and found it to be under repair and coincidentally, charging twice what we had expected – oh yeah – and you can only go in by guided tour every 30 minutes.  That’ll be 25 minutes to the next English tour.  Okay – well, let’s make the best of it — having a quick snack before the tour began.  The tour itself was not exactly — errmmm… – well executed, let’s say.  Anyway – after it was over, I could not convince Maylene to go to the included treasury — she just wanted to get the heck out of there (and let me just admit that it was a rather feeble attempt).  So – we sped down the mountain and 30 minutes later hit the road again and saw a sign just down the road for the Burg Eltz P&R — 10 minutes away from the castle — arrggghhh!  That’s okay though – as it was – the best part of visiting this castle was the hike to it!

With map in hand and Maylene at the helm, we headed out of the Mosel Valley via a side street directly to St. Goar so that we could try to catch the ruinous Rheinfels castle before closing.

Rheinfels Ruins

Rheinfels Ruins

We made it with plenty of time to spare and loved the late afternoon walk through this amazingly enormous castle.  It reminded us of the Colosseum in Rome – on that scale, also used for a quarry, and just as run down.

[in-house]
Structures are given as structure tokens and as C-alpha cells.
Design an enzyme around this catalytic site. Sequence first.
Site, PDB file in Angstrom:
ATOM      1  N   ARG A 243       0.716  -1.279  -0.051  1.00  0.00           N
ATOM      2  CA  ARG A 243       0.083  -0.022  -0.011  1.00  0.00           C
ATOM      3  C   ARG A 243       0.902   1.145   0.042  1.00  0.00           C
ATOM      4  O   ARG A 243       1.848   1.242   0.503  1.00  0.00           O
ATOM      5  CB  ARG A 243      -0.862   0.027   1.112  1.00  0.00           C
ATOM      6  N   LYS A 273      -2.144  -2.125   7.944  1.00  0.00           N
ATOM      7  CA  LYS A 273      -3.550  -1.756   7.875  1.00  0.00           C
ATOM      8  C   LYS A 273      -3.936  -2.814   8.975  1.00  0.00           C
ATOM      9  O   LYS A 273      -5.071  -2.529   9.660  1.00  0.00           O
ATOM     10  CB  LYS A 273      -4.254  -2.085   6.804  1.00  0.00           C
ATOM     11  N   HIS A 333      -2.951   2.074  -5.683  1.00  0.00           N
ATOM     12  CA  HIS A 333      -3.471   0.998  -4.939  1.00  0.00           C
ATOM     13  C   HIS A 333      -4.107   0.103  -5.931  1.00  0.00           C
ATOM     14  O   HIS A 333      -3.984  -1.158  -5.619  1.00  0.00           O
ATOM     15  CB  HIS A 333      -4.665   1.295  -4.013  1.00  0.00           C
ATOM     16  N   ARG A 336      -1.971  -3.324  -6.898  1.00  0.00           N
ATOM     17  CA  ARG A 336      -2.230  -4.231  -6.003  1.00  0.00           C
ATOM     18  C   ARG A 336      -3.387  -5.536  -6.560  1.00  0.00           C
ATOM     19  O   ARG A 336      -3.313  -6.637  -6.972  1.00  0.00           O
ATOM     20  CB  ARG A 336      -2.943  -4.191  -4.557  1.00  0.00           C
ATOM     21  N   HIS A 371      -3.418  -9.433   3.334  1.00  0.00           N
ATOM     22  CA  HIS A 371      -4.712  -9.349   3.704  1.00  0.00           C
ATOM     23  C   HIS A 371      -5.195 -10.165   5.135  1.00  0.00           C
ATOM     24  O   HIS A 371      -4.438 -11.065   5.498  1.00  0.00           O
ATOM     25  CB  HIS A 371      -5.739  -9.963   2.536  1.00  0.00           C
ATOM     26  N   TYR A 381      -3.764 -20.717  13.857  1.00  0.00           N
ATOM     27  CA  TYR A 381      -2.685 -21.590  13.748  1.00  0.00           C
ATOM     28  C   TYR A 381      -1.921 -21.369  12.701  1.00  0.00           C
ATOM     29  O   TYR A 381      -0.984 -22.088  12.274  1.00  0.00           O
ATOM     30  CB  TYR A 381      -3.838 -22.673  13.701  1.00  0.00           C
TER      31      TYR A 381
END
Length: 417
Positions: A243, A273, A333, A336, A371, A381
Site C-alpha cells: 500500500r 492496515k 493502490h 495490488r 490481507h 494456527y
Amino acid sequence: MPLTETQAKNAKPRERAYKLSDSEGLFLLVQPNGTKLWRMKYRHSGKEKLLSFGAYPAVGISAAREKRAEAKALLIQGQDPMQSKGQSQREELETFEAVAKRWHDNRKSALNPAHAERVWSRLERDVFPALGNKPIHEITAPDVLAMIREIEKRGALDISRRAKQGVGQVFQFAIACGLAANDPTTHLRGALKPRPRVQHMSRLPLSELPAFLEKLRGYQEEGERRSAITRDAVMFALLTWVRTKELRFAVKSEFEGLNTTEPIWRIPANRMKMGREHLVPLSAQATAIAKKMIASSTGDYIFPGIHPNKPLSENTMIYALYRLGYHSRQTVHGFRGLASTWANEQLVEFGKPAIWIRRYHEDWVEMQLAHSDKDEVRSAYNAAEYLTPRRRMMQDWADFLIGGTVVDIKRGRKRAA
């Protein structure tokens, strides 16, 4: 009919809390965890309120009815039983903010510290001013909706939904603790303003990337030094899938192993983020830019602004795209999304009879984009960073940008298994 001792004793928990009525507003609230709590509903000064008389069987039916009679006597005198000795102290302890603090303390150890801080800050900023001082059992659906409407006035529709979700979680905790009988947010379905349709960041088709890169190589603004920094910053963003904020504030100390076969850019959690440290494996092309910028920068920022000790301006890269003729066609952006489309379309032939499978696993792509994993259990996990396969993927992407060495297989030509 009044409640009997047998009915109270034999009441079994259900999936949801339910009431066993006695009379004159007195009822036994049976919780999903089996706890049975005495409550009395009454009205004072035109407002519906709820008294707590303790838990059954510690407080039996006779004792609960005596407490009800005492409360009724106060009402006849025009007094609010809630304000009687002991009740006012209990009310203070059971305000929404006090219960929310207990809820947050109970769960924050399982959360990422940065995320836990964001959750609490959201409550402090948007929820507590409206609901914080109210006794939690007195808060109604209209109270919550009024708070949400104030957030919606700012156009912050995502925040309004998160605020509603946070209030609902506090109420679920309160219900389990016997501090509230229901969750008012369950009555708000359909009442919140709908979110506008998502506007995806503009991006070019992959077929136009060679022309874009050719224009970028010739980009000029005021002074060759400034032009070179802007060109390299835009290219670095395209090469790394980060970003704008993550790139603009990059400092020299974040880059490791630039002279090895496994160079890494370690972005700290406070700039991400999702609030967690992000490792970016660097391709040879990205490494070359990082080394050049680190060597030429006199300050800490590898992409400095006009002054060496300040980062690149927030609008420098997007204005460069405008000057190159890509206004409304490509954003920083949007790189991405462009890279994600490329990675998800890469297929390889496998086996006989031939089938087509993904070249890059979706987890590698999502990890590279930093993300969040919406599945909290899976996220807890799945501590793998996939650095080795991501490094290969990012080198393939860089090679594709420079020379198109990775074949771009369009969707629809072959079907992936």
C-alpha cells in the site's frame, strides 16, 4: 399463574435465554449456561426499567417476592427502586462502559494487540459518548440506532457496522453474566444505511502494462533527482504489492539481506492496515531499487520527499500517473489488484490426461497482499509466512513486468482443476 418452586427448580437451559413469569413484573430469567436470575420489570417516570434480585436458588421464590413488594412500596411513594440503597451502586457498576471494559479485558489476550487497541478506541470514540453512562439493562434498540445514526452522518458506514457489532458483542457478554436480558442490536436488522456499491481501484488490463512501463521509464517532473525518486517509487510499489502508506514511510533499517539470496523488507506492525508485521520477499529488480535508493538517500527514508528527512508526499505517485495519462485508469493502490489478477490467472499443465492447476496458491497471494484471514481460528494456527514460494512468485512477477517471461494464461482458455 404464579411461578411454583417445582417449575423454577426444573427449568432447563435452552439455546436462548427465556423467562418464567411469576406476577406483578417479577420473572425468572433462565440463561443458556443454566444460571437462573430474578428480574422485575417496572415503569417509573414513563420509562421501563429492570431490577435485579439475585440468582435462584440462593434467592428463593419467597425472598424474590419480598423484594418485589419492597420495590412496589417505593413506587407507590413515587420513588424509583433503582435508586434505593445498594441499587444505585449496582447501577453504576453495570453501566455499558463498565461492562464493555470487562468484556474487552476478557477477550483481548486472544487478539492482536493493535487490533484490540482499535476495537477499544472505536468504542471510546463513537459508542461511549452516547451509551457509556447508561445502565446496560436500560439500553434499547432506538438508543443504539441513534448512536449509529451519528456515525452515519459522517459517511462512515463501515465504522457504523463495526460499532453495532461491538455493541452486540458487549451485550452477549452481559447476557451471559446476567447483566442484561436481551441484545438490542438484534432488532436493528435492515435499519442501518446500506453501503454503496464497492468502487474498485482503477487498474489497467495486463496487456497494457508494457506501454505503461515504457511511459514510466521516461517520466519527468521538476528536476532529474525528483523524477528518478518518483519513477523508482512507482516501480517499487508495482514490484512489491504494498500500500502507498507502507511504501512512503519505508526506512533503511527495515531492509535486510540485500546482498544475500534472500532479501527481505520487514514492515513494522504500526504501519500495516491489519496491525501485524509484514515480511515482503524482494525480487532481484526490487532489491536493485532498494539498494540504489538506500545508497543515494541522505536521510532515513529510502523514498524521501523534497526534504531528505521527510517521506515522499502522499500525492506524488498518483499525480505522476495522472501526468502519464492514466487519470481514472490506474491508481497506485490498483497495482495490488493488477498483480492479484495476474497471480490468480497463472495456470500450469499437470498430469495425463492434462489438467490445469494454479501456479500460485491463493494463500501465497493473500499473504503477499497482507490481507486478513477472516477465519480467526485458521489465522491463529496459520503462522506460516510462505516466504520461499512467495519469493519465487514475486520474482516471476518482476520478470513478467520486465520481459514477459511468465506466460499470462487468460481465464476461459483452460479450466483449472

We spent the night at Rudesheim am Rhein in this super-cheesy duck motif hotel – yes, duck was on the menu btw – “ente”, we learned a new word that day boys and girls.  It was in a great location though and we walked throughout the tiny town in the evening, sampling wine from a local vineyard — the Riesling is the local winner and was delicious!  That’s been a really cool aspect of the trip – sampling the local wines and beers that are so regionally distinct.  Yummm!!

The pics might look better in the album below – I had some trouble inserting some of them. Update: in true SNL “Your Company’s Computer Guy” fashion, Maylene said, “MOOOOVE” and fixed these pics.  Good times.

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A Day in Rothenburg

After Switzerland, we took the train up to Frankfurt just to pick up a rental car.  This time, however, we had no intention of using it as a hotel room, thank goodness!  Instead, we decided to ditch the train system again to get to that ever-elusive European “back door” Rick Steves keeps espousing.  Before heading off to the nearby Rhein River Valley, we made like the birds and flew south down the Autobahn to the quaint medieval village of Rothenburg ob der Tauber.